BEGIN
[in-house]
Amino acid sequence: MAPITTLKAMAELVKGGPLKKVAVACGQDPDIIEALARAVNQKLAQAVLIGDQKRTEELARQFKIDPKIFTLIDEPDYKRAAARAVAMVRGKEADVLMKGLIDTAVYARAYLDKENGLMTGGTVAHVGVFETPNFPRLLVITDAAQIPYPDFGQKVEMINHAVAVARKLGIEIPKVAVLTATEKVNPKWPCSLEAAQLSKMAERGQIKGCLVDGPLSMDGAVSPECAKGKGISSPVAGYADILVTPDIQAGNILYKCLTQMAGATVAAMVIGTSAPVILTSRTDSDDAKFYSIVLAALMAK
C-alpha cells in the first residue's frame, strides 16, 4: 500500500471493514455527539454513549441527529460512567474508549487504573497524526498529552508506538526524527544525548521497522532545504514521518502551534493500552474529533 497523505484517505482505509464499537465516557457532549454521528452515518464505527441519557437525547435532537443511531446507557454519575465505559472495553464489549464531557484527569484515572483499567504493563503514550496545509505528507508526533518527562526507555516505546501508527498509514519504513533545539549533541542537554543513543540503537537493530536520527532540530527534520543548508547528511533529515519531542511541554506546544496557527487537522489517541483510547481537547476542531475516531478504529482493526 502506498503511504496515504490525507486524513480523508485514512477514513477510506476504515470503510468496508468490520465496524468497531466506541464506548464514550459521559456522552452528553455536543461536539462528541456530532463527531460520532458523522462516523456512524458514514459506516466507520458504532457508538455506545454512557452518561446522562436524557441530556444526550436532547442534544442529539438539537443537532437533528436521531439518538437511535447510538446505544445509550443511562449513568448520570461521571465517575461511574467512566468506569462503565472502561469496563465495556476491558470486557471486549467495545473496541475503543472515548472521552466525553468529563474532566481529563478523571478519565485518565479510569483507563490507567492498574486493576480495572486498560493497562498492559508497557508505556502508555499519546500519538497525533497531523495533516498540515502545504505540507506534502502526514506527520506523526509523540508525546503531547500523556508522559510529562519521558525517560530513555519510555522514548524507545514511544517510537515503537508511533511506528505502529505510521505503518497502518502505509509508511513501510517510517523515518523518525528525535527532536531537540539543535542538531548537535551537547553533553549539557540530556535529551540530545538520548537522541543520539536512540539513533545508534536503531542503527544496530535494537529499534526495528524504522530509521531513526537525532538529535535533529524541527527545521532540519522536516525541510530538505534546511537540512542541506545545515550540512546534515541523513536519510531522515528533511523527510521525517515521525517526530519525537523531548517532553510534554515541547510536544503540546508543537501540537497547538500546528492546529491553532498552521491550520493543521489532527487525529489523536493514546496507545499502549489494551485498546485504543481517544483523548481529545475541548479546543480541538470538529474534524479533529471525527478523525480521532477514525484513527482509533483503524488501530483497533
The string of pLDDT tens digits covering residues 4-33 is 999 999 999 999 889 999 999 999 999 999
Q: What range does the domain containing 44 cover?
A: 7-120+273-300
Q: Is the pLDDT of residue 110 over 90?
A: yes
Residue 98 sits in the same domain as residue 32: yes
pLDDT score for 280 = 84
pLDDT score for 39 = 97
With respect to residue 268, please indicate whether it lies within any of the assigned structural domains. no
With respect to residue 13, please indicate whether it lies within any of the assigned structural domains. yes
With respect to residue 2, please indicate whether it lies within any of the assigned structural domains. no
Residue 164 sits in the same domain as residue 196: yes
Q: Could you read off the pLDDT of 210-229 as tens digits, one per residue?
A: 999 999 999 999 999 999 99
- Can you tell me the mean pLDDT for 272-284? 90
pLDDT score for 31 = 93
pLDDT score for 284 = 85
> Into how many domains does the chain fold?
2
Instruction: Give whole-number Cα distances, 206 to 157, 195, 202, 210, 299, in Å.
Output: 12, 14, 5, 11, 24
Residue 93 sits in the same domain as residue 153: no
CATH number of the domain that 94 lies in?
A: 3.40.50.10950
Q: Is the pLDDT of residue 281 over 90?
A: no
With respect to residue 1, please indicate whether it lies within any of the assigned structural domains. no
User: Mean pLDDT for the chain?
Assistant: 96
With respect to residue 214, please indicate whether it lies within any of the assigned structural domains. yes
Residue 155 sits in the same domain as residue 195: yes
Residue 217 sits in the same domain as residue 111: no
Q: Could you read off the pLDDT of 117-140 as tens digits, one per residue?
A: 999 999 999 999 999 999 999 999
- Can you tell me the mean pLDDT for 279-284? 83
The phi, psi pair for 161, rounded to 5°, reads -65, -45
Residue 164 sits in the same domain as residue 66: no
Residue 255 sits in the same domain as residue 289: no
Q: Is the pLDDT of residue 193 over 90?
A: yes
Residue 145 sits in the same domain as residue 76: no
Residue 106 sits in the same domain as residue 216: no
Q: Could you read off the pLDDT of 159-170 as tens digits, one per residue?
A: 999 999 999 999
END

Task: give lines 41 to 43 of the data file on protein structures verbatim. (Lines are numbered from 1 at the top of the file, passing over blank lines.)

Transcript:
Residue 255 sits in the same domain as residue 289: no
Q: Is the pLDDT of residue 193 over 90?
A: yes